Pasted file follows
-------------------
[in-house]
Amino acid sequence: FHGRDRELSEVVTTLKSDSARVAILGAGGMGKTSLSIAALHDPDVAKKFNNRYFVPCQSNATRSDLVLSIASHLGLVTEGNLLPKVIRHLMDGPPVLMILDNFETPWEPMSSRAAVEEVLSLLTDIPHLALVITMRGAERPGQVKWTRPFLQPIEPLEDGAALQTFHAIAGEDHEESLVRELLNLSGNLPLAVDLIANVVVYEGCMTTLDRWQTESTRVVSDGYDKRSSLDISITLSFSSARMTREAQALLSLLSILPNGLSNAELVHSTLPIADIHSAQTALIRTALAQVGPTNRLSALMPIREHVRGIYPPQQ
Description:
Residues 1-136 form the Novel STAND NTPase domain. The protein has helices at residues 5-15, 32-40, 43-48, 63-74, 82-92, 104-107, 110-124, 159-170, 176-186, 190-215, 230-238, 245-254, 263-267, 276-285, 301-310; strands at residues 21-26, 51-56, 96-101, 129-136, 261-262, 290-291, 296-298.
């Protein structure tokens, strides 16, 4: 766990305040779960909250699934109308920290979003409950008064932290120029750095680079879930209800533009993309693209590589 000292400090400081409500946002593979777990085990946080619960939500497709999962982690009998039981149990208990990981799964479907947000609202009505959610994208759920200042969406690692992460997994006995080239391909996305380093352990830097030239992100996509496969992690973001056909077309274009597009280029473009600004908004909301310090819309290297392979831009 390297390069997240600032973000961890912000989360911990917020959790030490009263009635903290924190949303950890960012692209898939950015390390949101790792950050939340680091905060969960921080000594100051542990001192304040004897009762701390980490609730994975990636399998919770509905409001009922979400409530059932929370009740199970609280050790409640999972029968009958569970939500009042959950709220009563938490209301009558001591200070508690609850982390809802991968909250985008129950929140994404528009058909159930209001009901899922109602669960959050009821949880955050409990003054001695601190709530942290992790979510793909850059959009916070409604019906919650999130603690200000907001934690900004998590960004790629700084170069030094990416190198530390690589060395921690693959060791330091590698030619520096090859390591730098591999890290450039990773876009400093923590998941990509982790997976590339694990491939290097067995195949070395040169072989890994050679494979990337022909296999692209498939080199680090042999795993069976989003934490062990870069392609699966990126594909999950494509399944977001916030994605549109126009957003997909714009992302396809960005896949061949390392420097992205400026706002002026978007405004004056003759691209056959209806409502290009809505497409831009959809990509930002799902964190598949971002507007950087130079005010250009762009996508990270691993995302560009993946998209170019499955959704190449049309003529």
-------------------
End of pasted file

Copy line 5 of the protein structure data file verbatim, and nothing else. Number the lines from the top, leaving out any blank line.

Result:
């Protein structure tokens, strides 16, 4: 766990305040779960909250699934109308920290979003409950008064932290120029750095680079879930209800533009993309693209590589 000292400090400081409500946002593979777990085990946080619960939500497709999962982690009998039981149990208990990981799964479907947000609202009505959610994208759920200042969406690692992460997994006995080239391909996305380093352990830097030239992100996509496969992690973001056909077309274009597009280029473009600004908004909301310090819309290297392979831009 390297390069997240600032973000961890912000989360911990917020959790030490009263009635903290924190949303950890960012692209898939950015390390949101790792950050939340680091905060969960921080000594100051542990001192304040004897009762701390980490609730994975990636399998919770509905409001009922979400409530059932929370009740199970609280050790409640999972029968009958569970939500009042959950709220009563938490209301009558001591200070508690609850982390809802991968909250985008129950929140994404528009058909159930209001009901899922109602669960959050009821949880955050409990003054001695601190709530942290992790979510793909850059959009916070409604019906919650999130603690200000907001934690900004998590960004790629700084170069030094990416190198530390690589060395921690693959060791330091590698030619520096090859390591730098591999890290450039990773876009400093923590998941990509982790997976590339694990491939290097067995195949070395040169072989890994050679494979990337022909296999692209498939080199680090042999795993069976989003934490062990870069392609699966990126594909999950494509399944977001916030994605549109126009957003997909714009992302396809960005896949061949390392420097992205400026706002002026978007405004004056003759691209056959209806409502290009809505497409831009959809990509930002799902964190598949971002507007950087130079005010250009762009996508990270691993995302560009993946998209170019499955959704190449049309003529």